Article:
Will Birmingham Council’s effective bankruptcy affect the construction industry?


Birmingham City Council (BCC) has effectively declared bankruptcy – but what could it mean for the construction industry and the companies that have joint projects with the council? 

The local authority today issued a Section 114 Notice, adding all new spending, with the exception of protecting vulnerable people and statutory services, must stop immediately. 

The council, thought to be one of the largest in Europe, attributed this to an equal pay claim in the region of £650 million to £760 million, previously announced in June.  

This figure, it said, has an ongoing liability accruing at a rate of £5 million to £14 million a month, which the council “does not have the resources” to meet. 

“The council has insufficient resources to meet the equal pay expenditure and currently does not have any other means of meeting this liability,” a BCC report states. 

The role of local authorities 

Local authorities are key players and partners in delivery of various aspects of the construction industry, particularly to those already working with those bodies. 

Councils have a significant influence on the fate of many construction contracts, from major capital projects like roads, schools and hospitals, utilities and leisure, to building including housing developments and their associated infrastructure.  

Local authorities also determine the outcome of planning applications for these various projects and manage the administration of the planning system.   

They also work with government entities like the Planning Inspectorate in the resolution of development disputes and Nationally Significant Infrastructure Projects (NSIPs). 

Councils also negotiate with developers and associated building companies on Section 106 Agreements, legally binding contracts or obligations as part of the granting of planning permission, which impacts social value considerations.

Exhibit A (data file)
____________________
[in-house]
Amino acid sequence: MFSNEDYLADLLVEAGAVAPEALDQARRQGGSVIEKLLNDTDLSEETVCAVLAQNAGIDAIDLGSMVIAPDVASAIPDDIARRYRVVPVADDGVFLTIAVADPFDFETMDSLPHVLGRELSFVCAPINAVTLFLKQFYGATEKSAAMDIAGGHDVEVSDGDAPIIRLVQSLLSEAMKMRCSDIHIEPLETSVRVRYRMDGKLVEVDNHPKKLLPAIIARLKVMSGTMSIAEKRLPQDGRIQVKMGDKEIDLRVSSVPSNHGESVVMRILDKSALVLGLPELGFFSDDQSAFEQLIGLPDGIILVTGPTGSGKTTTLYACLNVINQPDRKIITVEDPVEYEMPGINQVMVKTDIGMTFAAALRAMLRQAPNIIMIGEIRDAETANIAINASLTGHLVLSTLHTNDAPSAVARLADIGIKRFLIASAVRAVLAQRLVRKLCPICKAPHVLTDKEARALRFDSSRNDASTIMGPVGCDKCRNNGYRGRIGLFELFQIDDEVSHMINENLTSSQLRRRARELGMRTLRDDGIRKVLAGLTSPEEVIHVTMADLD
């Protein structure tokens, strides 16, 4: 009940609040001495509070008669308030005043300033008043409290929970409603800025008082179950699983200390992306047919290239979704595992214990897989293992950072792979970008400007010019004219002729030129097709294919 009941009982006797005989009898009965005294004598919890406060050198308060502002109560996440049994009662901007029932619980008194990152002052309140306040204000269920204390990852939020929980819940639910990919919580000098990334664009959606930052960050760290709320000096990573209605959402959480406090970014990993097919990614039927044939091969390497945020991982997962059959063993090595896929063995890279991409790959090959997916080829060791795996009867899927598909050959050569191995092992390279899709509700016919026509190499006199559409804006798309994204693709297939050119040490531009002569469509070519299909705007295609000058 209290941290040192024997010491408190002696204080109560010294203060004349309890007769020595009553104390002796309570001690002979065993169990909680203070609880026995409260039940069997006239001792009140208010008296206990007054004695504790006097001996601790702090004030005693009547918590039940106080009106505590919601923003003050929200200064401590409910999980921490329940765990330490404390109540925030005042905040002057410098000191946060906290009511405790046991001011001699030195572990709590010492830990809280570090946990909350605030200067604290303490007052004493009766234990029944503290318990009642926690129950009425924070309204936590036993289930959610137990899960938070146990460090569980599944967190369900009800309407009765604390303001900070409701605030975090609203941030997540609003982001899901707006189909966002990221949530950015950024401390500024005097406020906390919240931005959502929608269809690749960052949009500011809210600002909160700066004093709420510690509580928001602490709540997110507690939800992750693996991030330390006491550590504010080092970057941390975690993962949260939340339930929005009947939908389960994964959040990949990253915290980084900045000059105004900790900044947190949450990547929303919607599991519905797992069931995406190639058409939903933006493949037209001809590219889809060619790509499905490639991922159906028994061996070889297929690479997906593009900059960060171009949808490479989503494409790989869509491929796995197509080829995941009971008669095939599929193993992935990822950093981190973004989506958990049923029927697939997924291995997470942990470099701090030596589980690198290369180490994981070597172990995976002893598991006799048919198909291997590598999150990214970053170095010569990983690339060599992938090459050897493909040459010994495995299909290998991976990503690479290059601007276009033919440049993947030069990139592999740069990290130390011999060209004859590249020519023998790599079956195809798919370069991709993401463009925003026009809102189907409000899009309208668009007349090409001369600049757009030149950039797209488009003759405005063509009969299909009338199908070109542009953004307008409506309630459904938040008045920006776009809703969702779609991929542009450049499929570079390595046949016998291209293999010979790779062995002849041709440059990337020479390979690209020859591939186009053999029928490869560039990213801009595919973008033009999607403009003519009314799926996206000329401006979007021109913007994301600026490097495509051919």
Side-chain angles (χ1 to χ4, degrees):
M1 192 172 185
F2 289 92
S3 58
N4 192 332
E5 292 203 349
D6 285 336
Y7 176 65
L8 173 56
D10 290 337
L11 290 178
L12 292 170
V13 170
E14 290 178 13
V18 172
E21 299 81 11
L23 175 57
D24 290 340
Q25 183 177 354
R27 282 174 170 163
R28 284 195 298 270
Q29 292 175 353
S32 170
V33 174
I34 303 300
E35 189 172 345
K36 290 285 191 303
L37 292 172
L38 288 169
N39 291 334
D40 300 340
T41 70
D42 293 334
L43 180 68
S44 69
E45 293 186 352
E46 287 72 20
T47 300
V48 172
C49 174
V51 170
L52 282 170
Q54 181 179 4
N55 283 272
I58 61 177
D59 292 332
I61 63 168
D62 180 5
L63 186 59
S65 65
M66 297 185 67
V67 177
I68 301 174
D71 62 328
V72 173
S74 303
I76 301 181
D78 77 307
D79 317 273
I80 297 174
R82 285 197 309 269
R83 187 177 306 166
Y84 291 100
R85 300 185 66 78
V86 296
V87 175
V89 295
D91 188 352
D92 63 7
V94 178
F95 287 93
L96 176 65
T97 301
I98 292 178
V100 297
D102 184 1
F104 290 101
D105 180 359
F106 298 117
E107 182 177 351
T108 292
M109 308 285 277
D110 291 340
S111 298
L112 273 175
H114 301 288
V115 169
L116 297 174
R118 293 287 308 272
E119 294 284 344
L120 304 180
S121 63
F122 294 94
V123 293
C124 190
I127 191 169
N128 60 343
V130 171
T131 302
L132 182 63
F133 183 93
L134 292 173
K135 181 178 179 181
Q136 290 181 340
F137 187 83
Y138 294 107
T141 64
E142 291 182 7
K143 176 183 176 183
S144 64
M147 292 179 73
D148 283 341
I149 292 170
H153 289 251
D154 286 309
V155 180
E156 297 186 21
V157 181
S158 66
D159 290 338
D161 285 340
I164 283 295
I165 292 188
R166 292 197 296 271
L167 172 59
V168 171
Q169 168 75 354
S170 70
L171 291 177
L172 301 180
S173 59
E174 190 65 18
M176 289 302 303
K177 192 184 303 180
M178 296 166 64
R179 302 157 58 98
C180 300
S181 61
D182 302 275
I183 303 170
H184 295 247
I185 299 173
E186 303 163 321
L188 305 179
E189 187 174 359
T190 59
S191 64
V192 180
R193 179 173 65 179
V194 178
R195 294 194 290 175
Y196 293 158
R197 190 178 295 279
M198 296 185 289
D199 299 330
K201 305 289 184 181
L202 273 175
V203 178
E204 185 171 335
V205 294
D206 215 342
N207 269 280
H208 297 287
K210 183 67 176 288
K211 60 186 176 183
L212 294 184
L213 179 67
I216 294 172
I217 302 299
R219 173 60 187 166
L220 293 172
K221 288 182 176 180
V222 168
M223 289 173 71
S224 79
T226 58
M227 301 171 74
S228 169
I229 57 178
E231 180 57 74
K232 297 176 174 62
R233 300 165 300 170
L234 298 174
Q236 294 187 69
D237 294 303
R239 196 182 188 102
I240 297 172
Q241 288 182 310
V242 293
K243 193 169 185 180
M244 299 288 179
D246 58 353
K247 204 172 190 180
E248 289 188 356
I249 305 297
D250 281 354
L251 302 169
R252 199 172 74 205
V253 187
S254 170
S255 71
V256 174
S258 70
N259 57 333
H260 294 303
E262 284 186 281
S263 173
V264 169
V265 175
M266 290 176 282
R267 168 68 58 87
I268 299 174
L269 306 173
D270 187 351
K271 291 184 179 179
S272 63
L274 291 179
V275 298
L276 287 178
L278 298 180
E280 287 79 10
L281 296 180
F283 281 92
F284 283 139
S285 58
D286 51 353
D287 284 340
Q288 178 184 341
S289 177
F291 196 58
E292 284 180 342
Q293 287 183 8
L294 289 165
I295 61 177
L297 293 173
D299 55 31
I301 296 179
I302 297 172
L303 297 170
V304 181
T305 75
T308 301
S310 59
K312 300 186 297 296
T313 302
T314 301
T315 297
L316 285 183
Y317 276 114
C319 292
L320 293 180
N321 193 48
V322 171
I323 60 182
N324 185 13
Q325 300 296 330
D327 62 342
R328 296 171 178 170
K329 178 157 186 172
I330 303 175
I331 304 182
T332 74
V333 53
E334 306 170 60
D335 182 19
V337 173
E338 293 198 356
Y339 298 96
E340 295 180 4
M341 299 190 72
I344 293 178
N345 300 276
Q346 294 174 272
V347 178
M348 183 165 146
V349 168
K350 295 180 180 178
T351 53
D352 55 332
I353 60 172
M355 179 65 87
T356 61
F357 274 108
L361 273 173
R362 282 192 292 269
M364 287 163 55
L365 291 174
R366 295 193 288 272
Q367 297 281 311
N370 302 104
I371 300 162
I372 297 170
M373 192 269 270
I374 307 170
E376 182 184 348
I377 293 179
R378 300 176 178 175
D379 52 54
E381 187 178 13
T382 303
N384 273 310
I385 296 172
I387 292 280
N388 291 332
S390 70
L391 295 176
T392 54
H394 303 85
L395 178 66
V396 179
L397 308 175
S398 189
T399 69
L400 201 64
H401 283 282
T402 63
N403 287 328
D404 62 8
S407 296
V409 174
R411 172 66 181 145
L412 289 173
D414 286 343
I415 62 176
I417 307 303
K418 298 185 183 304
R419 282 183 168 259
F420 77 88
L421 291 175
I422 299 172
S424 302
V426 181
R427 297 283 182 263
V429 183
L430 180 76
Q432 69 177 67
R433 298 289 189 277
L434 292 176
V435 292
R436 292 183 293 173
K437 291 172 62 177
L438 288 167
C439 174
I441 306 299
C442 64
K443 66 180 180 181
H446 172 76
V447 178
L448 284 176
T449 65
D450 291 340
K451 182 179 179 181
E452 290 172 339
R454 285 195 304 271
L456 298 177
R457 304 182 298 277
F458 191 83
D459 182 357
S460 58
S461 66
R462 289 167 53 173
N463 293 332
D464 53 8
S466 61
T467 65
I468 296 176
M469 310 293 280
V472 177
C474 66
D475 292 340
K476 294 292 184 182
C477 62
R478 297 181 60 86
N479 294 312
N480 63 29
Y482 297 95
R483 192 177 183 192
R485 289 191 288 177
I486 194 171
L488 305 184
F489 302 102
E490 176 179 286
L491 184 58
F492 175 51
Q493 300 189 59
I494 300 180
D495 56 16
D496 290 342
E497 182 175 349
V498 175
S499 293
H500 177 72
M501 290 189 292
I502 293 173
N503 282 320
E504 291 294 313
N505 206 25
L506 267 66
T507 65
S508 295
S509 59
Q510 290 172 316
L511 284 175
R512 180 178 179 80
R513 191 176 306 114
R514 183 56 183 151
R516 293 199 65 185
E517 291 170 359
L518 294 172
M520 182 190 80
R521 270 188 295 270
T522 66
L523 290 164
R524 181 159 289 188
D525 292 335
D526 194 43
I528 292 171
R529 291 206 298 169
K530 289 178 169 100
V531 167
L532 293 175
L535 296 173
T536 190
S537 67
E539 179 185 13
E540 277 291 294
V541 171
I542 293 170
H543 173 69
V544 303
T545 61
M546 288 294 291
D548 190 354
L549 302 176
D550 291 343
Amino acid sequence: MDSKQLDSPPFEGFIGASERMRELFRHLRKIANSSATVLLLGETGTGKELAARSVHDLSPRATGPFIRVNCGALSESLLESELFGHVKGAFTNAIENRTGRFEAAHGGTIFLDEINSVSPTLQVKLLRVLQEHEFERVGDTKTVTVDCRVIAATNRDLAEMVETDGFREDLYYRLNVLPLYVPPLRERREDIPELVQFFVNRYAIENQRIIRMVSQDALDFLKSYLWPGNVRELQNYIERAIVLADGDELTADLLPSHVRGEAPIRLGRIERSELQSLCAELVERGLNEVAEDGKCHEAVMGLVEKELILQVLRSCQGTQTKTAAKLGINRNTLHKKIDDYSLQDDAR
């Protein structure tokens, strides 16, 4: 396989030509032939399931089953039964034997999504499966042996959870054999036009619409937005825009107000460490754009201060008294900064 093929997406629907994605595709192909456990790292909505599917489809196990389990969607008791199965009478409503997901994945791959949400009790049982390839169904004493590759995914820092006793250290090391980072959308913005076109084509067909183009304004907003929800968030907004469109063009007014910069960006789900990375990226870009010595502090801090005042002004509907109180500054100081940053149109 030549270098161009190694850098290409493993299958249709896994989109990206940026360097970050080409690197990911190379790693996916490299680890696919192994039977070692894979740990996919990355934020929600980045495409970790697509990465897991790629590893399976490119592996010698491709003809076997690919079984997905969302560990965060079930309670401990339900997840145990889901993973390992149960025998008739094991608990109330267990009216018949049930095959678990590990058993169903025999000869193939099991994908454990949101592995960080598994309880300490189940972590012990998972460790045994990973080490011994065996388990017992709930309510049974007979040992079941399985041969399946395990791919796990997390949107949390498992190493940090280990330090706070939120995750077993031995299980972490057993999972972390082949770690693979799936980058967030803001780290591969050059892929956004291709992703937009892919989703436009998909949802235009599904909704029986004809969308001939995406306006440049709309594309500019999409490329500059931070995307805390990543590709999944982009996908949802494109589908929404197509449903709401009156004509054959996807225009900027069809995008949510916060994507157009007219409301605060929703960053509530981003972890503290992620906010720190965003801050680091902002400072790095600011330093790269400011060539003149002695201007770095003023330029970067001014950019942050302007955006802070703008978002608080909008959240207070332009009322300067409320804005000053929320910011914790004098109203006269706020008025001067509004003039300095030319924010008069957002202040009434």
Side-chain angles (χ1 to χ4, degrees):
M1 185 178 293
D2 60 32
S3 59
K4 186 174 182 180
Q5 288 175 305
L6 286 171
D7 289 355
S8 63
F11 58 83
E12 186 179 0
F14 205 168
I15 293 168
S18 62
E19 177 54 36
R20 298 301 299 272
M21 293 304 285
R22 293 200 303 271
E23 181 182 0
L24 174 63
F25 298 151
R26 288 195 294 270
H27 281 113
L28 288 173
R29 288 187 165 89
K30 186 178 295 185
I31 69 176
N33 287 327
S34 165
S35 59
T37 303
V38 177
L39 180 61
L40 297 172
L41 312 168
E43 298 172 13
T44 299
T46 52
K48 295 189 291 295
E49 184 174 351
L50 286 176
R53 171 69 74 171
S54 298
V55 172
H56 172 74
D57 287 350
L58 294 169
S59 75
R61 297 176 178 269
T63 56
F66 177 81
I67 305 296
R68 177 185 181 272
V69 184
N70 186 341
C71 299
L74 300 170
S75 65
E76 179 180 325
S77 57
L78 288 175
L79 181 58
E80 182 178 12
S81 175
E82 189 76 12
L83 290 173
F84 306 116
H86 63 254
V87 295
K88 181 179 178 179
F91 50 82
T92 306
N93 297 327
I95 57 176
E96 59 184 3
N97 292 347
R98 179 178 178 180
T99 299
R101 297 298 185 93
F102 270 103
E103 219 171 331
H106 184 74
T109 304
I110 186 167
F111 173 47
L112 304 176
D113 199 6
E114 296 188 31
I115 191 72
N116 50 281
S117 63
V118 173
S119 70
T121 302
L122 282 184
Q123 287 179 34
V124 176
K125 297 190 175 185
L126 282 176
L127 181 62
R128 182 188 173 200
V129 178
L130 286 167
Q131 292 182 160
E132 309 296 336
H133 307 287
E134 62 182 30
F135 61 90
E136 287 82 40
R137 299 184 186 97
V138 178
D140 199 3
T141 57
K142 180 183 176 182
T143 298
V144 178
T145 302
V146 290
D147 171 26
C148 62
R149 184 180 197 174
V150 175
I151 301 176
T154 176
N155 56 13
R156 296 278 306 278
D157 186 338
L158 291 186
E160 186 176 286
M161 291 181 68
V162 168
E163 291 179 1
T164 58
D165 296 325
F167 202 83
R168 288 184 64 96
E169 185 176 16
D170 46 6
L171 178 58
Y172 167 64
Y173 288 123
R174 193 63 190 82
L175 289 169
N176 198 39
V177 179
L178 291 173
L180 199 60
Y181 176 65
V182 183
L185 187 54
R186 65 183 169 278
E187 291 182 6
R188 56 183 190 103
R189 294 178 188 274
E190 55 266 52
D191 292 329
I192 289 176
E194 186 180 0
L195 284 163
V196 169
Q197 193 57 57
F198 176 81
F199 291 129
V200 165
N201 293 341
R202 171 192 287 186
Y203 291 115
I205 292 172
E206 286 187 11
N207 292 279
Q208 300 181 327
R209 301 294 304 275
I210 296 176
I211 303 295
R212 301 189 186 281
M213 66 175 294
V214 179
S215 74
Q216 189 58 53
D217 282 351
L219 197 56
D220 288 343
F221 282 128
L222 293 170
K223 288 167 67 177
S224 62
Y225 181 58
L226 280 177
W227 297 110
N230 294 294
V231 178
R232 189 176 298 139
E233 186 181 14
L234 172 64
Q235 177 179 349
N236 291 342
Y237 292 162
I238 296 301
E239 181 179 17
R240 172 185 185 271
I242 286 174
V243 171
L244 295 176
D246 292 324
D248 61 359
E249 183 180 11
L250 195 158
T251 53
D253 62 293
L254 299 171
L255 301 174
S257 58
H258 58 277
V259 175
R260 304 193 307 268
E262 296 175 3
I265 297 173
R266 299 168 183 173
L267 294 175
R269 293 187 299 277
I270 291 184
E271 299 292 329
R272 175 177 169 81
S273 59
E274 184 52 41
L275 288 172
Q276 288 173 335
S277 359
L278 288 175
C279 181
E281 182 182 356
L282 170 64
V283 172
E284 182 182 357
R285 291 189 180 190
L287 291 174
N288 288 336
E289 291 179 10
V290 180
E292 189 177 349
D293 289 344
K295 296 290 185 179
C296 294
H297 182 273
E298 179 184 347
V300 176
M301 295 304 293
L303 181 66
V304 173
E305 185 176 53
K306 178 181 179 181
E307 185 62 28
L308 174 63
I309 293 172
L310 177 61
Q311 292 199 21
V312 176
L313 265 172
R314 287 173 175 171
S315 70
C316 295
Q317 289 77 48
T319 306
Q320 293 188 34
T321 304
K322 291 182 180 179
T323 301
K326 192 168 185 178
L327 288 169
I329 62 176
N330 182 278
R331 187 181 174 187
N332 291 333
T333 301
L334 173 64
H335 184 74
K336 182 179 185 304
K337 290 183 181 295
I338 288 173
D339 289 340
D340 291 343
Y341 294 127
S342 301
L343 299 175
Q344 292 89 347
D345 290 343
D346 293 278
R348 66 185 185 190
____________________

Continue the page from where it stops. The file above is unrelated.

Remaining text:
In short, the effective bankruptcy of BCC could have a major impact on the future of development in the city.  

Some major projects known to be underway in Birmingham include HS2, capital works for University Hospitals Birmingham NHS Trust, regeneration of the Ladywood Estate, several tower builds, and St Andrew’s stadium.  

What happens when a Section 114 Notice is issued?  

With the exception of core services, no new expenditure is permitted. 

However, existing commitments and contracts will continue to be honoured, according to a report by Oldham Council. 

The notice published by BCC states: 

  • all non-essential expenditure will now stop with immediate effect 
  • council is prevented […] from entering into any new agreement or commitment for expenditure 
  • this could affect companies controlled, or jointly or partly owned, by BCC 
  • financial controls apply to all services, including statutory, delivered via controlled and connected entities 
  • BCC’s Capital Financing Requirement will need to be reviewed and re-calculated  
  • no further loans will be sought from the Public Works Loan Board, unless to be applied for capital purposes for which the council is in contract 

“The council’s senior officers and members are committed to dealing with the financial situation and when more information is available, it will be shared,” said BCC. 

BCC was approached for comment.  

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